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Overview of the debuggers GDB, DDT, and Intel Inspector.


Debuggers are an essential tool to identify and fix programming errors. It is highly recommended that you familiarize yourself with one of them and use it regularly when faced with unexpected behaviour of your program - even for simple bugs, the use of a debugger is preferable to peppering your code with print statements. Although the list of commands might seem daunting to the novice user, there are only a handful of of them that you will be needing to solve most problems. To debug your program you must first compile your code with the -g flag, and then launch the application from inside the debugger. It is also recommended that you disable optimisation via the flag -O0, otherwise the output from the debugger is likely to be confusing. On COSMOS you may need to increase the stack size before launching your application because debuggers will hugely increase the amount of memory required.

GNU Debugger (GDB)

The GNU Debugger (GDB) supports C/C++ and Fortran77/90 debugging, and is compatible with code generated via GNU and Intel compilers. It is purely command line based. GDB can be used to debug parallel (MPI) and threaded programs, although OpenMP is currently supported. The command line interface is very rich, and the documentation can be accessed by consulting the 'man' pages or looking at the official manual from the FSF online. Additionally, there are plenty of tutorials and guides available on the web. The GDB tutorial is a good starting point.

Distributed Debugging Tool (DDT)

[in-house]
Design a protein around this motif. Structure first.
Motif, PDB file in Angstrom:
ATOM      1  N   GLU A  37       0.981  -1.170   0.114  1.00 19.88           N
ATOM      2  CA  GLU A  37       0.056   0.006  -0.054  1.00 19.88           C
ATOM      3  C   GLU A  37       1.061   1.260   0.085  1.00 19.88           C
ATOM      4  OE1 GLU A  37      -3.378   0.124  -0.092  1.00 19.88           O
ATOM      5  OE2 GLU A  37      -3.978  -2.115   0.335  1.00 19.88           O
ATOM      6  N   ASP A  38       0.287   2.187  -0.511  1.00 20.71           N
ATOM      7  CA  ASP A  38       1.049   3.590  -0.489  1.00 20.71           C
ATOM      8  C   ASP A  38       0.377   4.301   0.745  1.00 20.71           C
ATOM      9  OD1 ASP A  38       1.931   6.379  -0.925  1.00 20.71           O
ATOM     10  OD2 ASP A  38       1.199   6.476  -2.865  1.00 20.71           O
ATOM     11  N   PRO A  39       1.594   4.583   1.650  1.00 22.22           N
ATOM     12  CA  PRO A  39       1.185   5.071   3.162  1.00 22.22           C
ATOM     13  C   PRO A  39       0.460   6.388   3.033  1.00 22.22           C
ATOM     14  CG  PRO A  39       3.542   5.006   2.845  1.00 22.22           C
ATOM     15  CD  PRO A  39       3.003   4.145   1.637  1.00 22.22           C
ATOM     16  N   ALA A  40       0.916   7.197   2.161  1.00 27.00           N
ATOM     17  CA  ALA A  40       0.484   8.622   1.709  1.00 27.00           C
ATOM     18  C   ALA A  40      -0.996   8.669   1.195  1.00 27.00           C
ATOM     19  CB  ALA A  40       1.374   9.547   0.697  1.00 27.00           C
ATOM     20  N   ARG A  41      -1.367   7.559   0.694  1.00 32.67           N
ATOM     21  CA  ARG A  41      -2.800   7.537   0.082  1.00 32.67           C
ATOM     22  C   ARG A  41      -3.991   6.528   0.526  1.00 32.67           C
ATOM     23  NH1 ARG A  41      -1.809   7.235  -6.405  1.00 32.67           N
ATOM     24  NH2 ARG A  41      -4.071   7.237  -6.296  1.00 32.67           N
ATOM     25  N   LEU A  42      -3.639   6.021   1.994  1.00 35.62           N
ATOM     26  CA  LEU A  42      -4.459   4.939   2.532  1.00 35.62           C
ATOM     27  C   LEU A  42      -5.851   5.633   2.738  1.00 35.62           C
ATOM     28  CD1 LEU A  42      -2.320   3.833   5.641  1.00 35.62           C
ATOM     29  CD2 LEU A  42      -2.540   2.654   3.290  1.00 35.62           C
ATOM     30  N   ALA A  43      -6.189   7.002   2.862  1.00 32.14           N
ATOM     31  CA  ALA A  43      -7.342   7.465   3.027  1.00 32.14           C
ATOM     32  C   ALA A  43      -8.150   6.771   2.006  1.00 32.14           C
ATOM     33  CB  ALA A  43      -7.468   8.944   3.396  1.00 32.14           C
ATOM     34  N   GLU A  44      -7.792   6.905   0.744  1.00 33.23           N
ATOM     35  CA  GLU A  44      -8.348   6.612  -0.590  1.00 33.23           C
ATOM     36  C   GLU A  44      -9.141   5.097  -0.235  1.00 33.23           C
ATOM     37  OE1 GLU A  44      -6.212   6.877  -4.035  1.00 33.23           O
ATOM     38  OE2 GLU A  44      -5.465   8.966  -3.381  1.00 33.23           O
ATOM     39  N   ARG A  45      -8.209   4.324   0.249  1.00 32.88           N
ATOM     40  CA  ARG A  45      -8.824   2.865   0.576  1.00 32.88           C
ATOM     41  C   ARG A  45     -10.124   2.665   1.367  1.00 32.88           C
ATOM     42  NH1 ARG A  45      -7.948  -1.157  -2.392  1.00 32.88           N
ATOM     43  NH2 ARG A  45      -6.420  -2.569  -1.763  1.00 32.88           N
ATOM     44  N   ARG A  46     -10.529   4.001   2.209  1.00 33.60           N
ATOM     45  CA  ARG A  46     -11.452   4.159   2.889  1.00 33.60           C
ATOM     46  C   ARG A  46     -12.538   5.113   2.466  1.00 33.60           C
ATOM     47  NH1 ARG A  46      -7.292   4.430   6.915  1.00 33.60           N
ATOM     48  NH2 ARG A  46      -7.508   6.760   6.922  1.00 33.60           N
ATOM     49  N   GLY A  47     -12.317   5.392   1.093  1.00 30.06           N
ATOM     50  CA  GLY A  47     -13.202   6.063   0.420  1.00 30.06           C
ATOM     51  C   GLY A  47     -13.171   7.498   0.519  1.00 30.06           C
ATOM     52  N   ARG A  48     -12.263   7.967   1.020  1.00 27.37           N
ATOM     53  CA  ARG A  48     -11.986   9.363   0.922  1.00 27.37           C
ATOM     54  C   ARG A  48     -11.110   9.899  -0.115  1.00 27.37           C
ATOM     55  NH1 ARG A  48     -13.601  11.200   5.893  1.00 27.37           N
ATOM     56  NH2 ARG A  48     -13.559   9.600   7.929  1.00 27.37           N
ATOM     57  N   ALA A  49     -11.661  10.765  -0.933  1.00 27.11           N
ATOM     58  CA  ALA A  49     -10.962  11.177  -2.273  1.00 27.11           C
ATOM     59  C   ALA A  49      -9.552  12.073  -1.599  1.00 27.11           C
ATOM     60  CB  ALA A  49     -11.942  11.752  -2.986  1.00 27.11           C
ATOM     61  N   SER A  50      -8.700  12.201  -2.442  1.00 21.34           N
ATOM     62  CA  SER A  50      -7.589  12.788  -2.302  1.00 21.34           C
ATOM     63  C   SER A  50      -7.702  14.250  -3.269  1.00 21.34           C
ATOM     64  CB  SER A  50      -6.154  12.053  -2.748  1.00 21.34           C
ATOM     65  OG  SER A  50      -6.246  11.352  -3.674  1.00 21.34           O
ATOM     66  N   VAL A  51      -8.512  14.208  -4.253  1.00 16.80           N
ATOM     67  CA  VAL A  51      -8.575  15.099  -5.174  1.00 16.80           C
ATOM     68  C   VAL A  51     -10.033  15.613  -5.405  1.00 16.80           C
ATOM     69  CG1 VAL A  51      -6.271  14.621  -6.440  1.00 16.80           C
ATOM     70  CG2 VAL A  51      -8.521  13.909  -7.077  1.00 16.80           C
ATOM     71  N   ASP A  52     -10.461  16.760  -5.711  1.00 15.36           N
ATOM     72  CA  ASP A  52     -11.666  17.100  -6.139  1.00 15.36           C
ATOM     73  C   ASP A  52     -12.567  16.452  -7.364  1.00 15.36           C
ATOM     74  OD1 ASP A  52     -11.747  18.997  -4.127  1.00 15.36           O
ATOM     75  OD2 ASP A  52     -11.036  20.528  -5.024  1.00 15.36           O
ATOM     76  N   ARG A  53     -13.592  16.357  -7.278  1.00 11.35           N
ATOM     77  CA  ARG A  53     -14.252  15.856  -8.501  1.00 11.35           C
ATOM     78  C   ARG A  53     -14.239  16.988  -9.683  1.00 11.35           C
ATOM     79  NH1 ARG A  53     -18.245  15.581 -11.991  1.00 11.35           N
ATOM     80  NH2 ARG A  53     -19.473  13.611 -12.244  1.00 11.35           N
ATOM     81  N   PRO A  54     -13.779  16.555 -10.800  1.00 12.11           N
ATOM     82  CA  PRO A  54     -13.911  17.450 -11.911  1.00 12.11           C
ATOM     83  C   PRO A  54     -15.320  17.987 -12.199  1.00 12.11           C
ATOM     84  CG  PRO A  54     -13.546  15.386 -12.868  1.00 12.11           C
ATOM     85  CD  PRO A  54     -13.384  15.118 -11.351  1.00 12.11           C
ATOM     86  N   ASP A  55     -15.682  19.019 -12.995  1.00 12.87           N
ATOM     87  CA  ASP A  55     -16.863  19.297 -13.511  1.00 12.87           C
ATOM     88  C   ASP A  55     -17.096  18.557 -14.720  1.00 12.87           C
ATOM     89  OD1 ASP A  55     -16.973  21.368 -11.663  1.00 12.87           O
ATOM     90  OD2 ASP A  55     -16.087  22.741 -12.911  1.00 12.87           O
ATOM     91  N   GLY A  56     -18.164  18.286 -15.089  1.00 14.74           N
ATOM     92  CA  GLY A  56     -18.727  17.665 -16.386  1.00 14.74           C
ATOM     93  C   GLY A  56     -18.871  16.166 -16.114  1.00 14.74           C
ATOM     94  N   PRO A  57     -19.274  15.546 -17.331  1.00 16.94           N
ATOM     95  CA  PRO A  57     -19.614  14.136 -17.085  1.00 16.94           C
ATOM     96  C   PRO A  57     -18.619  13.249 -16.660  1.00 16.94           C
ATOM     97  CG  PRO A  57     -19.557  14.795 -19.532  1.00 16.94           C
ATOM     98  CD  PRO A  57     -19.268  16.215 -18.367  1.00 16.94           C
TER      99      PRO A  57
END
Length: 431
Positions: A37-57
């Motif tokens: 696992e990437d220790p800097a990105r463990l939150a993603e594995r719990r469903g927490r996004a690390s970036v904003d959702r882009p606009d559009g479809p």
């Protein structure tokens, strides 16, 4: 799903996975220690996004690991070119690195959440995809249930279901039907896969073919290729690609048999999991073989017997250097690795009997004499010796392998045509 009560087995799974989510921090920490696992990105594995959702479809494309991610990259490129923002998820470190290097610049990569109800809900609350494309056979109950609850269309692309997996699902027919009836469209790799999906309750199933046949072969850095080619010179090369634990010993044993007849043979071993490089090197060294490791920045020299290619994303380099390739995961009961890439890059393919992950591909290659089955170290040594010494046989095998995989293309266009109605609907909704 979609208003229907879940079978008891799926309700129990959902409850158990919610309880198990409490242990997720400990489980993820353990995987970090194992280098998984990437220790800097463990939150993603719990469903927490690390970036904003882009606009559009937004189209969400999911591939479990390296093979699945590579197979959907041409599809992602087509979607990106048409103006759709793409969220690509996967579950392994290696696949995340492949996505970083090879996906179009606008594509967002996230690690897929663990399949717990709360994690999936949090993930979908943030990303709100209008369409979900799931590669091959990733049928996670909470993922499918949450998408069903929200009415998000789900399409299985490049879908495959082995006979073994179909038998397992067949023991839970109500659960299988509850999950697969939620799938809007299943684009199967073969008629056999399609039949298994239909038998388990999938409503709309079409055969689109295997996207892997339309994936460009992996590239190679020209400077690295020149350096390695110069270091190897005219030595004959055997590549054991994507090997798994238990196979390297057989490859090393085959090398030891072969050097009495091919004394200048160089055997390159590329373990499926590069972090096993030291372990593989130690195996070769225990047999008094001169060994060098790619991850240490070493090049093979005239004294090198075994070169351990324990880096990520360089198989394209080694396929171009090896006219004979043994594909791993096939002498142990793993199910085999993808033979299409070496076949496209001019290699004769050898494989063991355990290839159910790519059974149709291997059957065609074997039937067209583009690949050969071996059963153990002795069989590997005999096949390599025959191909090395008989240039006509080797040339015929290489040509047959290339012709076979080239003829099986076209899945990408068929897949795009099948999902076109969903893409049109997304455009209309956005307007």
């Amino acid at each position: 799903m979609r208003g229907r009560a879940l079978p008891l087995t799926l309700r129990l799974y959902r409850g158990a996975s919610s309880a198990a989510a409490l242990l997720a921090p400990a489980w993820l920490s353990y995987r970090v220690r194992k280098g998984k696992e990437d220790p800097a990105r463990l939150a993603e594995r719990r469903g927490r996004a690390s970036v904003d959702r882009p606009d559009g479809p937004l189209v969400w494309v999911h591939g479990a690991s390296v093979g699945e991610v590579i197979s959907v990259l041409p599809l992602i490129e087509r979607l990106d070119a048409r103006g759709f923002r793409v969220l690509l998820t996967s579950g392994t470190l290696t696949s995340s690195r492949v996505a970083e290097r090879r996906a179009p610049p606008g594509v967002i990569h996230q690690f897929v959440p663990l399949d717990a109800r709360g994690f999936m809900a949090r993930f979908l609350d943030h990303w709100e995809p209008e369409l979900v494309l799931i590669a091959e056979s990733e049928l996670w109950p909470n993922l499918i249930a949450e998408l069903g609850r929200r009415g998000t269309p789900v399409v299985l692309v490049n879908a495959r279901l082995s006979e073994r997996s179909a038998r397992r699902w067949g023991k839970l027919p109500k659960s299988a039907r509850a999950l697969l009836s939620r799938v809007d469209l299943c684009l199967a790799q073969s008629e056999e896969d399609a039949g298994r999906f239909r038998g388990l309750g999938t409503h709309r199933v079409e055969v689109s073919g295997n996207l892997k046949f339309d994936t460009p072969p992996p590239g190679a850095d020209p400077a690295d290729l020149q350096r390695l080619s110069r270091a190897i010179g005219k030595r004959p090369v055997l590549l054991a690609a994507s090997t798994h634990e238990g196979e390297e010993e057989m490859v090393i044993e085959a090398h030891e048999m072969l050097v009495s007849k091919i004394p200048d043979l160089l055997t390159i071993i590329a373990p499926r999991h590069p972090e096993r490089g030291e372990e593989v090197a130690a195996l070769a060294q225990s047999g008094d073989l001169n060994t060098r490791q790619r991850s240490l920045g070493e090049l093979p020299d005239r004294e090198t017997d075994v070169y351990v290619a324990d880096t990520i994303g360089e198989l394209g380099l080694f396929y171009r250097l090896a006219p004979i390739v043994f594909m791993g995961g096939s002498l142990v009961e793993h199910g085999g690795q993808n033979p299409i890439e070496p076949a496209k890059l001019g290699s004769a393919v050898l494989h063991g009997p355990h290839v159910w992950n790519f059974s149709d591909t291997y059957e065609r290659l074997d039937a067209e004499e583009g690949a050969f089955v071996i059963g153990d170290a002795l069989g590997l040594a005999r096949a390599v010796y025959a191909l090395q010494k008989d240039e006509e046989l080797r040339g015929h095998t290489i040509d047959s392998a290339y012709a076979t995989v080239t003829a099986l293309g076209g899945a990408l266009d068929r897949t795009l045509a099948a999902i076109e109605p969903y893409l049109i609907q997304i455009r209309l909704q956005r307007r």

DDT is a commercial debugger designed for debugging MPI, multi-threaded (e.g. OpenMP), hybrid MPI / multi-threaded, and CUDA applications. It is a graphical debugger, which means you can see your source code in a GUI while you are debugging. DDT will display all the MPI ranks and threads that are running, allowing you to pause the program and see where a particular MPI process or thread is in your code and see what its local variables are.

DDT has many other useful features such as a memory debugging module which will can be used to detect memory leaks, or reading and writing beyond the bounds of arrays; and an array visualiser, which allows you to view the values of a multi-dimensional array, compute statistics of the values, and also to visualise it as a 2D or 3D plot.

To use DDT, you must first be running an interactive job on one of the machines and make sure that you have X11 forwarding enabled in your SSH session (the -X flag). You then need to load the module:

$ module load allinea

You then start DDT via:

$ ddt &


Please see this page for good materials for using DDT.